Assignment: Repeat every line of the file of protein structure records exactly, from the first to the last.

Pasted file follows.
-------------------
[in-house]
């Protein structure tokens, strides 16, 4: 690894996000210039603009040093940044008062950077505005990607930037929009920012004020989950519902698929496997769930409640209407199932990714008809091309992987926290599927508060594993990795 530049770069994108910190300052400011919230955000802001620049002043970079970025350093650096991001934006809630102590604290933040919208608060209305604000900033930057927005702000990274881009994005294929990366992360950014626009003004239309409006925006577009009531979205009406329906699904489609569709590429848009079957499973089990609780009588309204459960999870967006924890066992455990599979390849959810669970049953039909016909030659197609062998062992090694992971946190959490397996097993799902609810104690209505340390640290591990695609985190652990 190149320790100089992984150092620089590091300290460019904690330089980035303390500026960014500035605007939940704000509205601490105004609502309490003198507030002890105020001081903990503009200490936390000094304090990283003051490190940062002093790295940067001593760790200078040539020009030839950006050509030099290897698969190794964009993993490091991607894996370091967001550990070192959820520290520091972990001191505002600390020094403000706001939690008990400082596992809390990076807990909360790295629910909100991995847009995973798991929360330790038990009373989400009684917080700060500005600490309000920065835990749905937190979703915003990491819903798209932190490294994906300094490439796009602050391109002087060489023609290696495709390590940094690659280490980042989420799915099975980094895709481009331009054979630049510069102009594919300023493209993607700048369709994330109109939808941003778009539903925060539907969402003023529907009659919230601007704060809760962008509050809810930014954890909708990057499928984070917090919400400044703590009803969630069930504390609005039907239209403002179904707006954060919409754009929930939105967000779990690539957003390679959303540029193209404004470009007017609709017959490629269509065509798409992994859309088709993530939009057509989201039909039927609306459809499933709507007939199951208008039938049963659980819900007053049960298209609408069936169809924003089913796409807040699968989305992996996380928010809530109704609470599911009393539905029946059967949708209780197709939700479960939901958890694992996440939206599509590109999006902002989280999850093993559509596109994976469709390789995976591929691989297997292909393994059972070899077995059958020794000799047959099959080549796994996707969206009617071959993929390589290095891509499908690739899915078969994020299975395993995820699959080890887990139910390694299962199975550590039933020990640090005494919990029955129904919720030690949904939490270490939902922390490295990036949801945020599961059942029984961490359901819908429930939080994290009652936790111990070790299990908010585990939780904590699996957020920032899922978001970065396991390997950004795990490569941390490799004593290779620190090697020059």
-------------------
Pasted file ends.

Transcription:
[in-house]
């Protein structure tokens, strides 16, 4: 690894996000210039603009040093940044008062950077505005990607930037929009920012004020989950519902698929496997769930409640209407199932990714008809091309992987926290599927508060594993990795 530049770069994108910190300052400011919230955000802001620049002043970079970025350093650096991001934006809630102590604290933040919208608060209305604000900033930057927005702000990274881009994005294929990366992360950014626009003004239309409006925006577009009531979205009406329906699904489609569709590429848009079957499973089990609780009588309204459960999870967006924890066992455990599979390849959810669970049953039909016909030659197609062998062992090694992971946190959490397996097993799902609810104690209505340390640290591990695609985190652990 190149320790100089992984150092620089590091300290460019904690330089980035303390500026960014500035605007939940704000509205601490105004609502309490003198507030002890105020001081903990503009200490936390000094304090990283003051490190940062002093790295940067001593760790200078040539020009030839950006050509030099290897698969190794964009993993490091991607894996370091967001550990070192959820520290520091972990001191505002600390020094403000706001939690008990400082596992809390990076807990909360790295629910909100991995847009995973798991929360330790038990009373989400009684917080700060500005600490309000920065835990749905937190979703915003990491819903798209932190490294994906300094490439796009602050391109002087060489023609290696495709390590940094690659280490980042989420799915099975980094895709481009331009054979630049510069102009594919300023493209993607700048369709994330109109939808941003778009539903925060539907969402003023529907009659919230601007704060809760962008509050809810930014954890909708990057499928984070917090919400400044703590009803969630069930504390609005039907239209403002179904707006954060919409754009929930939105967000779990690539957003390679959303540029193209404004470009007017609709017959490629269509065509798409992994859309088709993530939009057509989201039909039927609306459809499933709507007939199951208008039938049963659980819900007053049960298209609408069936169809924003089913796409807040699968989305992996996380928010809530109704609470599911009393539905029946059967949708209780197709939700479960939901958890694992996440939206599509590109999006902002989280999850093993559509596109994976469709390789995976591929691989297997292909393994059972070899077995059958020794000799047959099959080549796994996707969206009617071959993929390589290095891509499908690739899915078969994020299975395993995820699959080890887990139910390694299962199975550590039933020990640090005494919990029955129904919720030690949904939490270490939902922390490295990036949801945020599961059942029984961490359901819908429930939080994290009652936790111990070790299990908010585990939780904590699996957020920032899922978001970065396991390997950004795990490569941390490799004593290779620190090697020059």